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Circulating levels of persistent organic pollutants are related to retrospective assessment of life-time weight change
Occupational and Environmental Medicine, Uppsala University, Uppsala, Sweden.
Department of Preventative Medicine, School of Medicine, Kyungpook National University, Daegu, South Korea.
Division of Epidemiology and Community Health, School of Public Health, University of Minnesota, Minneapolis, MN, USA; Department of Nutrition, School of Medicine, University of Oslo, Oslo, Norway, USA.
Örebro University, School of Science and Technology. (MTM Research Center)ORCID iD: 0000-0001-5752-4196
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2013 (English)In: Chemosphere, ISSN 0045-6535, E-ISSN 1879-1298, Vol. 90, no 3, 998-1004 p.Article in journal (Refereed) Published
Abstract [en]

Background: Persistent organic pollutants (POPs) have been suggested to be linked to obesity. We have previously shown that less-chlorinated PCBs were positively related to fat mass, while highly-chlorinated PCBs were inversely related to obesity.

Objective: The aim of the present evaluation is to investigate the relationship between retrospective assessed life-time change in body weight (20-70 years) with circulating POP levels measured at age 70 years.

Methods: 1016 subjects aged 70 years were investigated in the Prospective Investigation of the Vasculature in Uppsala Seniors (PIVUSs) study. 16 PCBs and 3 OC pesticides were analyzed using HRGC/HRMS. Current body weight was measured and participants self-reported their weight at age 20.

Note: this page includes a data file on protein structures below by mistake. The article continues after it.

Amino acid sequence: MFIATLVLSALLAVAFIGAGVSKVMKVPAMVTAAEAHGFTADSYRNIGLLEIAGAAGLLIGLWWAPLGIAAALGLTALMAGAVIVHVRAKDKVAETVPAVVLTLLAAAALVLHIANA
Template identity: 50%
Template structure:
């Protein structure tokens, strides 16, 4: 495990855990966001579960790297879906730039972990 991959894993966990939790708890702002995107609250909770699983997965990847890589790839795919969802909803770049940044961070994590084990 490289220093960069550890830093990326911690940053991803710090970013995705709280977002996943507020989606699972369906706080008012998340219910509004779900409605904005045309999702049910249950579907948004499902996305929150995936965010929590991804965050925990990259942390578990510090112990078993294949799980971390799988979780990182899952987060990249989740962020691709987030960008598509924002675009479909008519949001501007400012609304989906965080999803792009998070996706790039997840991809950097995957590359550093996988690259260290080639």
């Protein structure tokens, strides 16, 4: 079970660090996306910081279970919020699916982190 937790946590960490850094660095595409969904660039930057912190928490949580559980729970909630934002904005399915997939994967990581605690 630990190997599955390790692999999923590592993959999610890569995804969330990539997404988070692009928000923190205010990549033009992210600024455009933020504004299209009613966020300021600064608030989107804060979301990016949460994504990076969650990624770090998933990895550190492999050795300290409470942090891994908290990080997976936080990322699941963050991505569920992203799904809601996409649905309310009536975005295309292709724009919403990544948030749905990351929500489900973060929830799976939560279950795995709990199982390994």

Results: The average estimated weight change over 50 years was 14.4 kg. Both the sum of OC pesticide concentrations (4.3 kg more weight gain in quintile 5 vs. quintile 1, p < 0.0001) and the sum of the less-chlorinated PCBs were positively related to the estimated weight change (3.7 kg more weight gain in quintile 2 vs. quintile 1, non-linear relationship p = 0.0015). In contrast, the sum of concentrations of highly-chlorinated PCBs were inversely related to estimated weight change (8.4 kg less weight gain in quintile 5 vs. quintile 1, p < 0.0001).

Conclusion: High levels of OC pesticides and the less-chlorinated PCBs at age 70 were associated with a pronounced estimated weight change over the previous 50 years. However, the opposite was seen for highly-chlorinated PCBs. Differences in mode of action, toxicokinetics, non-linear relationships and reverse causation might explain these discrepancies.

Place, publisher, year, edition, pages
Pergamon-Elsevier Science Ltd , 2013. Vol. 90, no 3, 998-1004 p.
Keyword [en]
Obesity, Persistent organic pollutants, Fat mass, Elderly, Life time weight change
National Category
Environmental Sciences Environmental Health and Occupational Health Nutrition and Dietetics
Research subject
Enviromental Science
Identifiers
URN: urn:nbn:se:oru:diva-54879DOI: 10.1016/j.chemosphere.2012.07.051ISI: 000312978700016PubMedID: 22921642Scopus ID: 2-s2.0-84869885421OAI: oai:DiVA.org:oru-54879DiVA: diva2:1067272
Funder
Swedish Research CouncilSwedish Research Council for Environment, Agricultural Sciences and Spatial Planning
Available from: 2017-01-20 Created: 2017-01-20 Last updated: 2017-10-18Bibliographically approved

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